Michelle Gable, Writer

Michelle Gable, Writer

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Montmartre: “squalid holes beyond the light”

June 26, 2013 , , , , ,

My novel takes place in several parts of Paris, in the modern day story line as well as the Belle Époque. One of the key areas for both narratives is Montmartre.

The name means “mountain of the martyr” and was derived from the martyrdom of Saint Denis, who was evidently beheaded and then proceeded to walk six miles carrying his head and continuing on with his sermon. Let it go, dude, we get it. My husband’s name is Dennis so the minute I heard this I got the warm fuzzies, lopped off heads notwithstanding.

La Basilique du Sacré Coeur de Montmartre

Montmartre is in the 18th arrondissement, historically one of the most colorful and creative areas of Paris. Like any good artists’ lair many argue it’s become too hip for its own good and now true artists can’t afford to live there. In any case, folks originally settled in the area after Napoleon gave all the good Parisian land to his buddies. The poor people and ne’er-do-wells were pushed to the outskirts where they built their own city-within-a-city, a place not under the laws and regulations of Paris.

In other words, party time! This gave rise to places like Moulin Rouge and Le Chat Noir (The Black Cat), to name a few.

I’ve seen Montmartre first hand, although I’ve only even been to Paris for work thus what I’ve seen was quite limited. This meant a great deal of time spent researching the area, and as any writer can tell you sometimes the research is a lot more fun (and less painful) than the writing itself.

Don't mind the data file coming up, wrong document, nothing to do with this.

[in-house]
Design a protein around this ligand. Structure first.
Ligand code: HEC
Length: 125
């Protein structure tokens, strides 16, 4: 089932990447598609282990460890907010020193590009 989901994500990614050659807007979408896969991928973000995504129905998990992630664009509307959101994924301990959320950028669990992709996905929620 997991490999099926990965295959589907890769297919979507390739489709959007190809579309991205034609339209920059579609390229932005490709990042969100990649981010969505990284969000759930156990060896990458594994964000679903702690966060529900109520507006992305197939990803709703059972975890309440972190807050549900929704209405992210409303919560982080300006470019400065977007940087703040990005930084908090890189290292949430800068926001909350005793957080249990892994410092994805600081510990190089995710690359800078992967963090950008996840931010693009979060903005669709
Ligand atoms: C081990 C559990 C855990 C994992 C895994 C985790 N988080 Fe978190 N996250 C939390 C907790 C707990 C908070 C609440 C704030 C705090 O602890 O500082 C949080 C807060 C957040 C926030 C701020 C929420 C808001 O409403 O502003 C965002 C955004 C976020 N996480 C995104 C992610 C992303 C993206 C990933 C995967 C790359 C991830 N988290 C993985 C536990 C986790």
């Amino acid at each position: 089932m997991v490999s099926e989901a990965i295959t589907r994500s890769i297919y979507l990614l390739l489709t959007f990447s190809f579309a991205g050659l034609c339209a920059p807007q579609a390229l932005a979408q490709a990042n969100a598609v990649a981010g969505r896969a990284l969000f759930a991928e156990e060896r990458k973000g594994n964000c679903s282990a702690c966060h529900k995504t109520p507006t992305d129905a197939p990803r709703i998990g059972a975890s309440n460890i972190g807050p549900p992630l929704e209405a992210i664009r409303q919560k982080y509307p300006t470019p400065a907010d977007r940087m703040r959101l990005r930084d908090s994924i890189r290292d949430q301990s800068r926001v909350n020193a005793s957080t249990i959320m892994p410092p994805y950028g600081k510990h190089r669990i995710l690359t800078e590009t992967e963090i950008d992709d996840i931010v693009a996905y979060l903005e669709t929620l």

I’ve previously mentioned the book How Paris Amuses Itself provided if not a lot of hardcore factual data (in fact, very little) but a great sense of the people and the time. The author had quite a few things to say about Montmartre, which of course was further encouragement to feature the area prominently in my novel. A few gems from his book:

“Montmartre is the kingdom of artist Bohemia. The Butte is honeycombed with the ateliers of painters and sculptors and the modest sanctums of struggling poets and musicians. This is only one side. The other side, like the degenerate half of some visages, is all that is vicious and criminal. Back of every blaze of light in Montmartre there is a shadow, and from out of many of these dark corners flutter to the lights of the Boulevard de Clichy, like nocturnal moths, scores of gaudy women-too frequently the spiders who dare not venture in the sun and whose claws have been known to have been smeared with the blood of the helpless more than once, crawl from these squalid holes beyond the light.”

Or, you know, sometimes there are prostitutes.

“Montmartre is ablaze after midnight, and the cafes along the Boulevard de Clichy are swarming with women to whom to-morrrow is much the same as to-day–women who from one year’s end to the other seldom see the sun, whose days begin at midnight and whose mind, body and soul have long ago passed to the trusty keeping of the devil.”

“Still later you will find this nocturnal demoiselle, the idol of the generously drunk, picking up her skirts in a bacchanalian revel between the hours of three and four in the restaurant of the Rat Mort.”

That the author of this book frequented the area goes without saying.

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